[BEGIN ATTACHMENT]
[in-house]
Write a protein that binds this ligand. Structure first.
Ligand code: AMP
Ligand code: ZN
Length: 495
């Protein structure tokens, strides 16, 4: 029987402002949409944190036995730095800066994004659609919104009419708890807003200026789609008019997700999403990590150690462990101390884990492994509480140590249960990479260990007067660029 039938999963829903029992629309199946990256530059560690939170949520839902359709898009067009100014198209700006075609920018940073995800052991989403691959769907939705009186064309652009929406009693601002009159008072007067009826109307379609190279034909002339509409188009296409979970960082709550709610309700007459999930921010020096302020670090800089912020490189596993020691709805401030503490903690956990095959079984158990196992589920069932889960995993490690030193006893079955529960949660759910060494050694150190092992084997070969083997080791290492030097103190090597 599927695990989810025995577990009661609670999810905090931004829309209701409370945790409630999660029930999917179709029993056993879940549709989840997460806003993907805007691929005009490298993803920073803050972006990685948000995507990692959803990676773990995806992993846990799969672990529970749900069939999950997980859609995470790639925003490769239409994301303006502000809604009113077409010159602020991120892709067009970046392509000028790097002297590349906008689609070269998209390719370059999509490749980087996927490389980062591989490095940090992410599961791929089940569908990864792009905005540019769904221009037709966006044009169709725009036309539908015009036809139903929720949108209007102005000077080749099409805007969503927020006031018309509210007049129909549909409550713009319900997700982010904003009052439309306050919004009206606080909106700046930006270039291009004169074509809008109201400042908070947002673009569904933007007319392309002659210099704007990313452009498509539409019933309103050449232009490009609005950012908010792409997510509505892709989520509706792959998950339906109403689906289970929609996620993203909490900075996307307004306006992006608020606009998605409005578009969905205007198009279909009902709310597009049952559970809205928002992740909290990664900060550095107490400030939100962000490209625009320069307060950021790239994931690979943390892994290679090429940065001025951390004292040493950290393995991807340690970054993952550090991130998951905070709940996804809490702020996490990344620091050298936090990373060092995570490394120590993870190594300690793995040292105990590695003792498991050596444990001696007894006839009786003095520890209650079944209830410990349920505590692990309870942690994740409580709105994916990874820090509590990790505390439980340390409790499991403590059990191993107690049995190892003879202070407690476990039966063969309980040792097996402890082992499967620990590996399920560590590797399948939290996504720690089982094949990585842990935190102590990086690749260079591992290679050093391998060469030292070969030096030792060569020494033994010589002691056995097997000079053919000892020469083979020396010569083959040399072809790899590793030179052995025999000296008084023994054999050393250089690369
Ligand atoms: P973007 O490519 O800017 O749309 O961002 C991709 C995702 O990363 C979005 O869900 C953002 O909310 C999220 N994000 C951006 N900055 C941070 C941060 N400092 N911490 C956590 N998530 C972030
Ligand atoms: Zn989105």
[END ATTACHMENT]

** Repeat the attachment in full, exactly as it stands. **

[in-house]
Write a protein that binds this ligand. Structure first.
Ligand code: AMP
Ligand code: ZN
Length: 495
């Protein structure tokens, strides 16, 4: 029987402002949409944190036995730095800066994004659609919104009419708890807003200026789609008019997700999403990590150690462990101390884990492994509480140590249960990479260990007067660029 039938999963829903029992629309199946990256530059560690939170949520839902359709898009067009100014198209700006075609920018940073995800052991989403691959769907939705009186064309652009929406009693601002009159008072007067009826109307379609190279034909002339509409188009296409979970960082709550709610309700007459999930921010020096302020670090800089912020490189596993020691709805401030503490903690956990095959079984158990196992589920069932889960995993490690030193006893079955529960949660759910060494050694150190092992084997070969083997080791290492030097103190090597 599927695990989810025995577990009661609670999810905090931004829309209701409370945790409630999660029930999917179709029993056993879940549709989840997460806003993907805007691929005009490298993803920073803050972006990685948000995507990692959803990676773990995806992993846990799969672990529970749900069939999950997980859609995470790639925003490769239409994301303006502000809604009113077409010159602020991120892709067009970046392509000028790097002297590349906008689609070269998209390719370059999509490749980087996927490389980062591989490095940090992410599961791929089940569908990864792009905005540019769904221009037709966006044009169709725009036309539908015009036809139903929720949108209007102005000077080749099409805007969503927020006031018309509210007049129909549909409550713009319900997700982010904003009052439309306050919004009206606080909106700046930006270039291009004169074509809008109201400042908070947002673009569904933007007319392309002659210099704007990313452009498509539409019933309103050449232009490009609005950012908010792409997510509505892709989520509706792959998950339906109403689906289970929609996620993203909490900075996307307004306006992006608020606009998605409005578009969905205007198009279909009902709310597009049952559970809205928002992740909290990664900060550095107490400030939100962000490209625009320069307060950021790239994931690979943390892994290679090429940065001025951390004292040493950290393995991807340690970054993952550090991130998951905070709940996804809490702020996490990344620091050298936090990373060092995570490394120590993870190594300690793995040292105990590695003792498991050596444990001696007894006839009786003095520890209650079944209830410990349920505590692990309870942690994740409580709105994916990874820090509590990790505390439980340390409790499991403590059990191993107690049995190892003879202070407690476990039966063969309980040792097996402890082992499967620990590996399920560590590797399948939290996504720690089982094949990585842990935190102590990086690749260079591992290679050093391998060469030292070969030096030792060569020494033994010589002691056995097997000079053919000892020469083979020396010569083959040399072809790899590793030179052995025999000296008084023994054999050393250089690369
Ligand atoms: P973007 O490519 O800017 O749309 O961002 C991709 C995702 O990363 C979005 O869900 C953002 O909310 C999220 N994000 C951006 N900055 C941070 C941060 N400092 N911490 C956590 N998530 C972030
Ligand atoms: Zn989105």